Sparse Oblique Decision Trees: A Tool to Understand and Manipulate Neural Net Features

04/07/2021 ∙ by Suryabhan Singh Hada, et al. ∙ 16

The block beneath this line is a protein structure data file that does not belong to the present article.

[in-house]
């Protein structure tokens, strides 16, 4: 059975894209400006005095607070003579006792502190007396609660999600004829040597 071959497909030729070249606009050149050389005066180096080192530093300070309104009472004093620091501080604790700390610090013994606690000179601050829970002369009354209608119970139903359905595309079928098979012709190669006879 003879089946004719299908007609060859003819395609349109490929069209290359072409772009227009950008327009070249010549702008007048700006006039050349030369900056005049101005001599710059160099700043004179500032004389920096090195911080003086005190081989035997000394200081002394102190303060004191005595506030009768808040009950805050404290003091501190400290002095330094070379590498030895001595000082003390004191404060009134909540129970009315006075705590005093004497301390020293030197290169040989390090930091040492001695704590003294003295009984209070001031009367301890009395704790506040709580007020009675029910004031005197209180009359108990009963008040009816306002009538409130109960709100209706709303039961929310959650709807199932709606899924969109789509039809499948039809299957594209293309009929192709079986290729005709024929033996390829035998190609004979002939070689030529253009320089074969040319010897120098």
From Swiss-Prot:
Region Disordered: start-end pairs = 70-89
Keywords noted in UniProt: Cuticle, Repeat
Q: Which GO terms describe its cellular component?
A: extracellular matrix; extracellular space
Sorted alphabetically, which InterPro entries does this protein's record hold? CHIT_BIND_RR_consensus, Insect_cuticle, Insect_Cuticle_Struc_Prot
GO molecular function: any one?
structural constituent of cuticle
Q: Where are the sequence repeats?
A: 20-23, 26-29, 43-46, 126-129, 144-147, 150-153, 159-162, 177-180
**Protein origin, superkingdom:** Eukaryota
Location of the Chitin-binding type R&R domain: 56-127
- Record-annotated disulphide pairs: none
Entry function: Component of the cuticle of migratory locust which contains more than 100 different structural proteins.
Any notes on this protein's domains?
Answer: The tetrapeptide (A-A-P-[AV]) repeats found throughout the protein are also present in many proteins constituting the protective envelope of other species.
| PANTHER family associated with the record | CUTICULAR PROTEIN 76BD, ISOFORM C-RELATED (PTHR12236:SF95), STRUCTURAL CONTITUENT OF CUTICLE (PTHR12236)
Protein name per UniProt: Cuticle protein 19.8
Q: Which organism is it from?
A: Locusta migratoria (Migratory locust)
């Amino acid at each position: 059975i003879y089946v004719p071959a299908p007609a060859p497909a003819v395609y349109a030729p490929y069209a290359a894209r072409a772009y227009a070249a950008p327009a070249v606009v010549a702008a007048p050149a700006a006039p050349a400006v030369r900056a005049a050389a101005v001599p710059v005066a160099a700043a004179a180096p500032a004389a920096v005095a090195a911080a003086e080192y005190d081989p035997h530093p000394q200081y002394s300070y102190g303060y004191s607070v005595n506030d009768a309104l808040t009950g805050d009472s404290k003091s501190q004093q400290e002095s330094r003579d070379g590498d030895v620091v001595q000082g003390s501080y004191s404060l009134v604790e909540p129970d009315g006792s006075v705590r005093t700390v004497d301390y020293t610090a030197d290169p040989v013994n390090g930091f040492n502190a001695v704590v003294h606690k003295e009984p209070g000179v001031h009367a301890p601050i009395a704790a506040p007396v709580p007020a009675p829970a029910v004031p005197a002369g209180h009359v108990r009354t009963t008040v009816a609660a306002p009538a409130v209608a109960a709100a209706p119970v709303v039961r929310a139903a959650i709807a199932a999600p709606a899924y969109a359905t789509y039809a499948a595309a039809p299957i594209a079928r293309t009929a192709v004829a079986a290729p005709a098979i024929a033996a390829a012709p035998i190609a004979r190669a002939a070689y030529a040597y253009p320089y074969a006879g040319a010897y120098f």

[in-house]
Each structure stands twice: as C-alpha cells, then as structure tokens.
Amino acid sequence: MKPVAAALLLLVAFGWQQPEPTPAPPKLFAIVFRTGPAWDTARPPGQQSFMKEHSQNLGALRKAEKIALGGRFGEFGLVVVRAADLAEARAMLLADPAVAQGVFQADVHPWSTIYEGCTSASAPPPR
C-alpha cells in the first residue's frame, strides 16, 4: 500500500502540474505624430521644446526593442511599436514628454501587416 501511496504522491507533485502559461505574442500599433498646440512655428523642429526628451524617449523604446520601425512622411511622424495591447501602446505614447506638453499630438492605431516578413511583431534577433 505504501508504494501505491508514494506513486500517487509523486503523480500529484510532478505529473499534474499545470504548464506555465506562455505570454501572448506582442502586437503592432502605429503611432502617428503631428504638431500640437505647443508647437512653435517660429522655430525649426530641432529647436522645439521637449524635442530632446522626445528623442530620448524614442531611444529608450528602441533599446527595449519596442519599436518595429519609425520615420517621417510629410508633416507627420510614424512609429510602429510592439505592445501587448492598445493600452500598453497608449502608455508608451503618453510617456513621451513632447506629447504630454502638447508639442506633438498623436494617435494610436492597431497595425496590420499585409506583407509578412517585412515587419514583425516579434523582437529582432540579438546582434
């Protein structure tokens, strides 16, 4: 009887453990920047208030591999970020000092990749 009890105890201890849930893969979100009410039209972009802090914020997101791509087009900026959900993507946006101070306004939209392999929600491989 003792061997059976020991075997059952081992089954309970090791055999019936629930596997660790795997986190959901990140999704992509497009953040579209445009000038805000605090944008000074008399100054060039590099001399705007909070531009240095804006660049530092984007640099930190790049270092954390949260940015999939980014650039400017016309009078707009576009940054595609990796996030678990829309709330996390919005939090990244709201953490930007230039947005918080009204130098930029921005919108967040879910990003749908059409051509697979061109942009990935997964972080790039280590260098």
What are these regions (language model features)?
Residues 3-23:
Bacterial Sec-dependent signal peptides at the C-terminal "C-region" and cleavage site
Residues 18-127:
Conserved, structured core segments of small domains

The widespread deployment of deep nets in practical applications has lead to a growing desire to understand how and why such black-box methods perform prediction. Much work has focused on understanding what part of the input pattern (an image, say) is responsible for a particular class being predicted, and how the input may be manipulated to predict a different class. We focus instead on understanding which of the internal features computed by the neural net are responsible for a particular class. We achieve this by mimicking part of the neural net with an oblique decision tree having sparse weight vectors at the decision nodes. Using the recently proposed Tree Alternating Optimization (TAO) algorithm, we are able to learn trees that are both highly accurate and interpretable. Such trees can faithfully mimic the part of the neural net they replaced, and hence they can provide insights into the deep net black box. Further, we show we can easily manipulate the neural net features in order to make the net predict, or not predict, a given class, thus showing that it is possible to carry out adversarial attacks at the level of the features. These insights and manipulations apply globally to the entire training and test set, not just at a local (single-instance) level. We demonstrate this robustly in the MNIST and ImageNet datasets with LeNet5 and VGG networks.

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